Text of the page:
The lantern is a familiar symbol to all cultures and localities. Much as the lantern physically protects the flame and figuratively connects the dark with the bright, the Lantern House employs design strategies that offer protection from the elements while securing personal privacy as well as affording a connection to the natural environment and neighborhood community.
The overall form of the Lantern House assumes the iconic figure of a single family home – two-storied, gable-roofed – one known in any corner of the United States but one of particular familiarity to this Wyandanch neighborhood. This form is expressed not as the typical exterior walls, but rather in a perforated metal veil. Within the mesh mantle, the primary living space sits within a rotated volume, sheared to fit within the veil.
The rotation strategy opens four distinct atria on each corner of the house, each a unique patio space sandwiched between the safety and comfort of the interior and the freedom and connectivity of the outside environment: one with the best morning light; one to capture the last gleaming rays of dusk; one for an entry porch to welcome neighborly passersby; the last a perk for the master bedroom.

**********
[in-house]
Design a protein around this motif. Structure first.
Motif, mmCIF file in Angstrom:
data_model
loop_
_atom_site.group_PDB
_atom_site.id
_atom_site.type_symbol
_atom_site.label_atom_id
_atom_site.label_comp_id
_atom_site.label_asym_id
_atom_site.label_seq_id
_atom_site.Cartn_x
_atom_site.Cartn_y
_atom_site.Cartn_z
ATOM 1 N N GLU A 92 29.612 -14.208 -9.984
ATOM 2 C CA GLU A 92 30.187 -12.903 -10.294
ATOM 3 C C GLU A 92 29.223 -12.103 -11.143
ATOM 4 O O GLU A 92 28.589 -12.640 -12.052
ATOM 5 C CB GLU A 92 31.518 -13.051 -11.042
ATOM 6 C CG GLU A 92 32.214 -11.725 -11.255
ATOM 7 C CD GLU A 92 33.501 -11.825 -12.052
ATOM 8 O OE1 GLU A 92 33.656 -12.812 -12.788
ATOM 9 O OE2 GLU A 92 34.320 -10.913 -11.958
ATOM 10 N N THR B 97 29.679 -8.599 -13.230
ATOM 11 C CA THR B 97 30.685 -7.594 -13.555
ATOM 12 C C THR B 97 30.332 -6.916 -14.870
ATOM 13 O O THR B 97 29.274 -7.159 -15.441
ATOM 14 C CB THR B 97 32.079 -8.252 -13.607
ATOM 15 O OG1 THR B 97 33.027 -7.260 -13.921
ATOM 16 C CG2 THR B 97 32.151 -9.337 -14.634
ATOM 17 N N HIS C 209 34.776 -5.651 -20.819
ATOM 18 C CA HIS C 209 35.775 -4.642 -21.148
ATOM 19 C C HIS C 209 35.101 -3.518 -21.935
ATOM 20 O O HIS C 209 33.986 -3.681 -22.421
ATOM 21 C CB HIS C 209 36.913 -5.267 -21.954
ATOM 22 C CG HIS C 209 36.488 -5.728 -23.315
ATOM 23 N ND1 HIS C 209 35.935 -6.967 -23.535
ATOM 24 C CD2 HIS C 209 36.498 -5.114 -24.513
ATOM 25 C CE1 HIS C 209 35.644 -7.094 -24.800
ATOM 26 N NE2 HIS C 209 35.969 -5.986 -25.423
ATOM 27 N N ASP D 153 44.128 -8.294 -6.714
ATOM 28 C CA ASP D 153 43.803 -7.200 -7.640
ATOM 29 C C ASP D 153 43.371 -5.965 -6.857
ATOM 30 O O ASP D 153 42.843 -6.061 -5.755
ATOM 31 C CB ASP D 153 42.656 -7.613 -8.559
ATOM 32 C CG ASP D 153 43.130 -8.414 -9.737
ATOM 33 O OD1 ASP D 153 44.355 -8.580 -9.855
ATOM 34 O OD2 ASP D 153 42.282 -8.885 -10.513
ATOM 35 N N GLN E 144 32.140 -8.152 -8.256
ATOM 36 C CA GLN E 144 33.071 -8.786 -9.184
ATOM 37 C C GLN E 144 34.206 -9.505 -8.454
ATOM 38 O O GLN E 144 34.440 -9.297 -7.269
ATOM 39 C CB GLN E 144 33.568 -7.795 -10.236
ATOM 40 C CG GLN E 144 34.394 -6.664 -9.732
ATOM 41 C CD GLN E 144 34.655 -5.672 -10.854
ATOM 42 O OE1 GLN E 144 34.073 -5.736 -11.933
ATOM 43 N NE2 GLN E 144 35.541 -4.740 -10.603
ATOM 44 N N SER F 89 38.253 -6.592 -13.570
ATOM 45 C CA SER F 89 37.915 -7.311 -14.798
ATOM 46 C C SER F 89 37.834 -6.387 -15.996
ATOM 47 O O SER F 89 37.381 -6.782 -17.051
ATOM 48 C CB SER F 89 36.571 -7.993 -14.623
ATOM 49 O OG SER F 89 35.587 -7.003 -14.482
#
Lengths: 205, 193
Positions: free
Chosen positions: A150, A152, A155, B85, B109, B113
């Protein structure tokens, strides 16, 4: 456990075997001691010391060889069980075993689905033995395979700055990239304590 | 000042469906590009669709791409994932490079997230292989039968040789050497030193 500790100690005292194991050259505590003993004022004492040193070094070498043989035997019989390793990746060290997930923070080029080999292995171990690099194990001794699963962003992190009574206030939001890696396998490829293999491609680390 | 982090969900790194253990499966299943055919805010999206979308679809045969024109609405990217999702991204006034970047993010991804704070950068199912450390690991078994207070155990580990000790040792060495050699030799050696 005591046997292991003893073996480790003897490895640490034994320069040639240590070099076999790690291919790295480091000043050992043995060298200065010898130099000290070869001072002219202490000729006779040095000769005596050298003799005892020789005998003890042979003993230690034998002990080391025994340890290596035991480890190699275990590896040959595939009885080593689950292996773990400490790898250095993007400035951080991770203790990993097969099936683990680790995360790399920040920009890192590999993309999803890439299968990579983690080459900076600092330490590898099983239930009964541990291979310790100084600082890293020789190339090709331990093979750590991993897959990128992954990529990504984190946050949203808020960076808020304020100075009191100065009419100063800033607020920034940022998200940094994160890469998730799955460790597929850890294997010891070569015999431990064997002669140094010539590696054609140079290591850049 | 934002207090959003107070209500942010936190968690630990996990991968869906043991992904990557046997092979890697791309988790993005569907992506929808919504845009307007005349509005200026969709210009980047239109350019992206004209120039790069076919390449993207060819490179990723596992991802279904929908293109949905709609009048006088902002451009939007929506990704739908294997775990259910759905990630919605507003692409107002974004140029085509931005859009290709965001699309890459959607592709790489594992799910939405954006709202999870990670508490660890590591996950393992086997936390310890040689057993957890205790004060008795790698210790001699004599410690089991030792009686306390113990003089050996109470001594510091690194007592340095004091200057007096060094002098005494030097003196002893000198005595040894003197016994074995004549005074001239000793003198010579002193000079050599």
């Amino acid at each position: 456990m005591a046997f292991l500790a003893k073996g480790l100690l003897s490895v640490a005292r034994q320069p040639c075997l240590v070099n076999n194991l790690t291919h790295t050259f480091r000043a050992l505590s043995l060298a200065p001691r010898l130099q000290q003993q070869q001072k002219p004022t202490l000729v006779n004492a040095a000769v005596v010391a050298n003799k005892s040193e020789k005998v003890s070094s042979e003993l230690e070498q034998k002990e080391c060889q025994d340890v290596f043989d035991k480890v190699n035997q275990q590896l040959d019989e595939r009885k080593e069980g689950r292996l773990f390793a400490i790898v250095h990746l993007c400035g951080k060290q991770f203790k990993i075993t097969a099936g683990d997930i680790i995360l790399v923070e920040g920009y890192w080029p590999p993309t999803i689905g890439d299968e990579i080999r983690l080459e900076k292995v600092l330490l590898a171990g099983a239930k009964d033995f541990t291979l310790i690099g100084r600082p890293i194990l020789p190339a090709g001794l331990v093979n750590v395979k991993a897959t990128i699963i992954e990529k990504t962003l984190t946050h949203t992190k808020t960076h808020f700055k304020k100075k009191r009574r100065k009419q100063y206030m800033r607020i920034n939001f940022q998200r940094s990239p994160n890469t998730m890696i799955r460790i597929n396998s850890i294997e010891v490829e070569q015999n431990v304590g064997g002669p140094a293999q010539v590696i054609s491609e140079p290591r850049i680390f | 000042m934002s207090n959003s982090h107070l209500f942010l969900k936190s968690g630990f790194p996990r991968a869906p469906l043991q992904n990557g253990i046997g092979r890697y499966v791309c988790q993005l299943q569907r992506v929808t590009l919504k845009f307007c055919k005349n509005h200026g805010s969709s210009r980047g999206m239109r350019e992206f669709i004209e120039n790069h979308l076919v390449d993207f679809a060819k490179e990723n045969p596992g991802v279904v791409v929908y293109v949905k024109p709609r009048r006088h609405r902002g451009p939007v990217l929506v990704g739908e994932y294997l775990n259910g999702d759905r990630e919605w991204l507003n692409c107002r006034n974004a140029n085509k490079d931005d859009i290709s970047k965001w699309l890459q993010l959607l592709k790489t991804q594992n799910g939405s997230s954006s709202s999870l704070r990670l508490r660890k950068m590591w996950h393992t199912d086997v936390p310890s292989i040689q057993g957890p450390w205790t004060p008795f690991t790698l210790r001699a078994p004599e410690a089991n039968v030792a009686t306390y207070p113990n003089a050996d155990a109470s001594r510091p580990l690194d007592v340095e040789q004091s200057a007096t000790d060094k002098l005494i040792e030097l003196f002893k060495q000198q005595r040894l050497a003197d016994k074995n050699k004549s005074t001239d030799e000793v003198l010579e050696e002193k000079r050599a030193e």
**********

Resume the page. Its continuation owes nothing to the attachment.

The patios connect the home with the natural landscape in which it sits, the veil mimicking the dappled sunlight light of the treetop canopy above during the day and producing a constellation of glimpses revealing the life of the home at night.
The shell and structure are singularly composed by a Structural Insulated Panel (SIP) system, which afford the home high insulation value and simple, prefabricated construction methodology. The Lantern House models itself after Passivhaus design standards, which necessitates high insulation capacity and a low infiltration rate.
The Lantern House is embedded within a landscape indicative of and inspired by the overgrowth of the vacant lot at 54 15th Street. The design utilizes draught-resistant native species and bioswales to control sitewater management in a passive manner.
Within the home, systems employed include solar hot water production, heat recovery ventilation, and ductless mini-split HVAC units.
In all, the Lantern House is a luminary beacon, one that stands on the horizon of a Long Island where sustainable, affordable, and environmentally and socially conscientious design coexist and indeed thrive.